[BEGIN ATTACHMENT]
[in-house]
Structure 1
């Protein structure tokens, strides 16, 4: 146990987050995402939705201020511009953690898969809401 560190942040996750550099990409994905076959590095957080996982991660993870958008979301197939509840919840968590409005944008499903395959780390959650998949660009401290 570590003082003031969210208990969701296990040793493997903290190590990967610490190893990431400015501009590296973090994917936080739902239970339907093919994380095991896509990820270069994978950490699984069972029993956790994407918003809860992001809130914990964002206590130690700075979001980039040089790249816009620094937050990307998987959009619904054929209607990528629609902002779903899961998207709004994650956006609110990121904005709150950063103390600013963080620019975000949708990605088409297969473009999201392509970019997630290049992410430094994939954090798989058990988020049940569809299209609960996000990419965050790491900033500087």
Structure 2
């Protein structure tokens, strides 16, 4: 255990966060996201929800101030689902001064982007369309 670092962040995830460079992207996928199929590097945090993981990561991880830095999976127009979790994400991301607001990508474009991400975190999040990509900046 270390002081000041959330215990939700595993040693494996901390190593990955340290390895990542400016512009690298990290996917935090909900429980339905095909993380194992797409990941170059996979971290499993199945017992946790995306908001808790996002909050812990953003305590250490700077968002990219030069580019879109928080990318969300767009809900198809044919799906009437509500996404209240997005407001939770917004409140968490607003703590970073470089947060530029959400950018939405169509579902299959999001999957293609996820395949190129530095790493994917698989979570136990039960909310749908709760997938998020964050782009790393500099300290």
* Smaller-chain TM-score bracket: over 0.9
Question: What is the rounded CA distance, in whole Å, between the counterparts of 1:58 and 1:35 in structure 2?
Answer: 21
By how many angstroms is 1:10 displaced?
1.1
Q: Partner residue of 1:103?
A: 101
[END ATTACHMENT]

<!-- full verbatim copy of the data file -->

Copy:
[in-house]
Structure 1
């Protein structure tokens, strides 16, 4: 146990987050995402939705201020511009953690898969809401 560190942040996750550099990409994905076959590095957080996982991660993870958008979301197939509840919840968590409005944008499903395959780390959650998949660009401290 570590003082003031969210208990969701296990040793493997903290190590990967610490190893990431400015501009590296973090994917936080739902239970339907093919994380095991896509990820270069994978950490699984069972029993956790994407918003809860992001809130914990964002206590130690700075979001980039040089790249816009620094937050990307998987959009619904054929209607990528629609902002779903899961998207709004994650956006609110990121904005709150950063103390600013963080620019975000949708990605088409297969473009999201392509970019997630290049992410430094994939954090798989058990988020049940569809299209609960996000990419965050790491900033500087």
Structure 2
């Protein structure tokens, strides 16, 4: 255990966060996201929800101030689902001064982007369309 670092962040995830460079992207996928199929590097945090993981990561991880830095999976127009979790994400991301607001990508474009991400975190999040990509900046 270390002081000041959330215990939700595993040693494996901390190593990955340290390895990542400016512009690298990290996917935090909900429980339905095909993380194992797409990941170059996979971290499993199945017992946790995306908001808790996002909050812990953003305590250490700077968002990219030069580019879109928080990318969300767009809900198809044919799906009437509500996404209240997005407001939770917004409140968490607003703590970073470089947060530029959400950018939405169509579902299959999001999957293609996820395949190129530095790493994917698989979570136990039960909310749908709760997938998020964050782009790393500099300290």
* Smaller-chain TM-score bracket: over 0.9
Question: What is the rounded CA distance, in whole Å, between the counterparts of 1:58 and 1:35 in structure 2?
Answer: 21
By how many angstroms is 1:10 displaced?
1.1
Q: Partner residue of 1:103?
A: 101